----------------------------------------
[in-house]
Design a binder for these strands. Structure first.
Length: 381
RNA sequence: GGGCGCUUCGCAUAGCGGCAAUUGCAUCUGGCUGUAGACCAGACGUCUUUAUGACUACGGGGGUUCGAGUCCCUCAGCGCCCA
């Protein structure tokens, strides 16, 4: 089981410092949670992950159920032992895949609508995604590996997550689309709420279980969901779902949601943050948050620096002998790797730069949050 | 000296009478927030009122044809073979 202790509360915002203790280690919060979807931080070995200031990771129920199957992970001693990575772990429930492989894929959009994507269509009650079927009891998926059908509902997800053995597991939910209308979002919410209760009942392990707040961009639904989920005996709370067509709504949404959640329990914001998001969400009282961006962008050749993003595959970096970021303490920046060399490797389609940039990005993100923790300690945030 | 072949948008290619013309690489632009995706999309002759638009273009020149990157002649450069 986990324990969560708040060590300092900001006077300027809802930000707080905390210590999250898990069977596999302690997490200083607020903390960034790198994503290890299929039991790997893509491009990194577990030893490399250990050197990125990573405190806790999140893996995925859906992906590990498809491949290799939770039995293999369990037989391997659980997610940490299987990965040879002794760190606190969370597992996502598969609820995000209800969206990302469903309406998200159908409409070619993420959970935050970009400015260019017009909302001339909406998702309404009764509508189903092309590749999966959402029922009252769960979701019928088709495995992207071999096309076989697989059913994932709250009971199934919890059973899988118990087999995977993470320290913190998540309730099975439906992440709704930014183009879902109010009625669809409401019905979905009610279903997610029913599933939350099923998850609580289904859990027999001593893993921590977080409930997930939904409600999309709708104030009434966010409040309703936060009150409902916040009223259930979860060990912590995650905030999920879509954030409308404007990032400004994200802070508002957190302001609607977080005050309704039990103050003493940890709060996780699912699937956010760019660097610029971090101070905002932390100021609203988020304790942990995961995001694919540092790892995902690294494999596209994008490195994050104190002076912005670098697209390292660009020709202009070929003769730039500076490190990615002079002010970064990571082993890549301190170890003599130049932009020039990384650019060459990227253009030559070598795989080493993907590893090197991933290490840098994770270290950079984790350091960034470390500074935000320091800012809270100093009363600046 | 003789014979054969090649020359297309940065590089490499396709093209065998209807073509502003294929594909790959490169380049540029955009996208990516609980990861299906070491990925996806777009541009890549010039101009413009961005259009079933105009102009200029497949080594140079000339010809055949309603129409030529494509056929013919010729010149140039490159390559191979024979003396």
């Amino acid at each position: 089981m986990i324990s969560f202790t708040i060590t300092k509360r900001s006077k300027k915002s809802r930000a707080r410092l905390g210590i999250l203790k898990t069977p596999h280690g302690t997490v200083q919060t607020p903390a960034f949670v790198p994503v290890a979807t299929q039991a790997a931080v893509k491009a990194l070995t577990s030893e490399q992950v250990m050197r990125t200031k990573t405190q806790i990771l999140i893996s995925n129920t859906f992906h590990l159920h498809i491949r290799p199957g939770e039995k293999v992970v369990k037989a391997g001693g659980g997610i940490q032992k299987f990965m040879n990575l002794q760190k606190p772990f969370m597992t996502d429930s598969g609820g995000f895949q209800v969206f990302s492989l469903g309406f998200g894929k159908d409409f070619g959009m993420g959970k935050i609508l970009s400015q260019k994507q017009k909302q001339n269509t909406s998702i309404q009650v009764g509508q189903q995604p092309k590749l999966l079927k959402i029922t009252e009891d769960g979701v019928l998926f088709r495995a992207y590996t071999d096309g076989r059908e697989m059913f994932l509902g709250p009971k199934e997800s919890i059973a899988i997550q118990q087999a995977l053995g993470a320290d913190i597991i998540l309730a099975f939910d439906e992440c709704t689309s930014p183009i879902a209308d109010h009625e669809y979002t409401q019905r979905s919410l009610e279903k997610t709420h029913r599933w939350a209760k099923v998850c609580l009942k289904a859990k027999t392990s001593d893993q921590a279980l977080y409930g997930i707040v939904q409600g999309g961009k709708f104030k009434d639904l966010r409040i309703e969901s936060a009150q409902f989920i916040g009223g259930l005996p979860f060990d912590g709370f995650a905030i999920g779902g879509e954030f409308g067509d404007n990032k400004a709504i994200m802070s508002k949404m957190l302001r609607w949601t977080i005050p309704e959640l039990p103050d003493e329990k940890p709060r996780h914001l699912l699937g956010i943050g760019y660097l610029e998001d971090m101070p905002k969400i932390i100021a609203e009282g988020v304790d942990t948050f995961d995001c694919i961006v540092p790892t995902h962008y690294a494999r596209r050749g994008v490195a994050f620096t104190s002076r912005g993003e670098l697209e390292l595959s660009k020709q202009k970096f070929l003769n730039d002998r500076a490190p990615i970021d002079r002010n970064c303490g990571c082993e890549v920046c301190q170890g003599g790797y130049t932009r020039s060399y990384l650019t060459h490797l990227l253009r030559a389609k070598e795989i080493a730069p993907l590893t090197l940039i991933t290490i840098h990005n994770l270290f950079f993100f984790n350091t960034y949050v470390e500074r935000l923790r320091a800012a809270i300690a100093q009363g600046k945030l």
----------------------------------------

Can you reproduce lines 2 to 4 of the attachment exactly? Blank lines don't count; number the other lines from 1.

Design a binder for these strands. Structure first.
Length: 381
RNA sequence: GGGCGCUUCGCAUAGCGGCAAUUGCAUCUGGCUGUAGACCAGACGUCUUUAUGACUACGGGGGUUCGAGUCCCUCAGCGCCCA